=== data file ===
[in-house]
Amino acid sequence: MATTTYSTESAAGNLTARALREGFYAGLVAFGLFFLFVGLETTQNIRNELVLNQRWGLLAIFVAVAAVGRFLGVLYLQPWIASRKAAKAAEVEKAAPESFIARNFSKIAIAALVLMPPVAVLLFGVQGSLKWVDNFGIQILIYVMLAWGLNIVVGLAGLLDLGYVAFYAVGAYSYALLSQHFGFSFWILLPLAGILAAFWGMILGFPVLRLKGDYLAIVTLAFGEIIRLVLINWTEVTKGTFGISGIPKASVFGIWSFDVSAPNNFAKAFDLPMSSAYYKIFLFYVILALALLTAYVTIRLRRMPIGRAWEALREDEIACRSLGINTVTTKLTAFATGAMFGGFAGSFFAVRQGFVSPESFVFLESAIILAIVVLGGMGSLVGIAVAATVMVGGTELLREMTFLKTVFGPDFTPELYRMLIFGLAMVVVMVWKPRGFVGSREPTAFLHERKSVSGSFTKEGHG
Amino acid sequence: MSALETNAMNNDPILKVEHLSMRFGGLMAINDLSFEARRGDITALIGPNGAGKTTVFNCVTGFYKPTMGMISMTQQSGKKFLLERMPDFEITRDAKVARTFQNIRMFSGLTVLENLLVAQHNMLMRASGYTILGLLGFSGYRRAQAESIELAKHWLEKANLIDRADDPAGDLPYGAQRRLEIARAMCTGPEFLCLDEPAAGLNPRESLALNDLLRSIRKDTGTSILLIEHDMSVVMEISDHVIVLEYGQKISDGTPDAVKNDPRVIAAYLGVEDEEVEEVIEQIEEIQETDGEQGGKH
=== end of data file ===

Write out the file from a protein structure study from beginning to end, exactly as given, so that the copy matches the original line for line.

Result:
[in-house]
Amino acid sequence: MATTTYSTESAAGNLTARALREGFYAGLVAFGLFFLFVGLETTQNIRNELVLNQRWGLLAIFVAVAAVGRFLGVLYLQPWIASRKAAKAAEVEKAAPESFIARNFSKIAIAALVLMPPVAVLLFGVQGSLKWVDNFGIQILIYVMLAWGLNIVVGLAGLLDLGYVAFYAVGAYSYALLSQHFGFSFWILLPLAGILAAFWGMILGFPVLRLKGDYLAIVTLAFGEIIRLVLINWTEVTKGTFGISGIPKASVFGIWSFDVSAPNNFAKAFDLPMSSAYYKIFLFYVILALALLTAYVTIRLRRMPIGRAWEALREDEIACRSLGINTVTTKLTAFATGAMFGGFAGSFFAVRQGFVSPESFVFLESAIILAIVVLGGMGSLVGIAVAATVMVGGTELLREMTFLKTVFGPDFTPELYRMLIFGLAMVVVMVWKPRGFVGSREPTAFLHERKSVSGSFTKEGHG
Amino acid sequence: MSALETNAMNNDPILKVEHLSMRFGGLMAINDLSFEARRGDITALIGPNGAGKTTVFNCVTGFYKPTMGMISMTQQSGKKFLLERMPDFEITRDAKVARTFQNIRMFSGLTVLENLLVAQHNMLMRASGYTILGLLGFSGYRRAQAESIELAKHWLEKANLIDRADDPAGDLPYGAQRRLEIARAMCTGPEFLCLDEPAAGLNPRESLALNDLLRSIRKDTGTSILLIEHDMSVVMEISDHVIVLEYGQKISDGTPDAVKNDPRVIAAYLGVEDEEVEEVIEQIEEIQETDGEQGGKH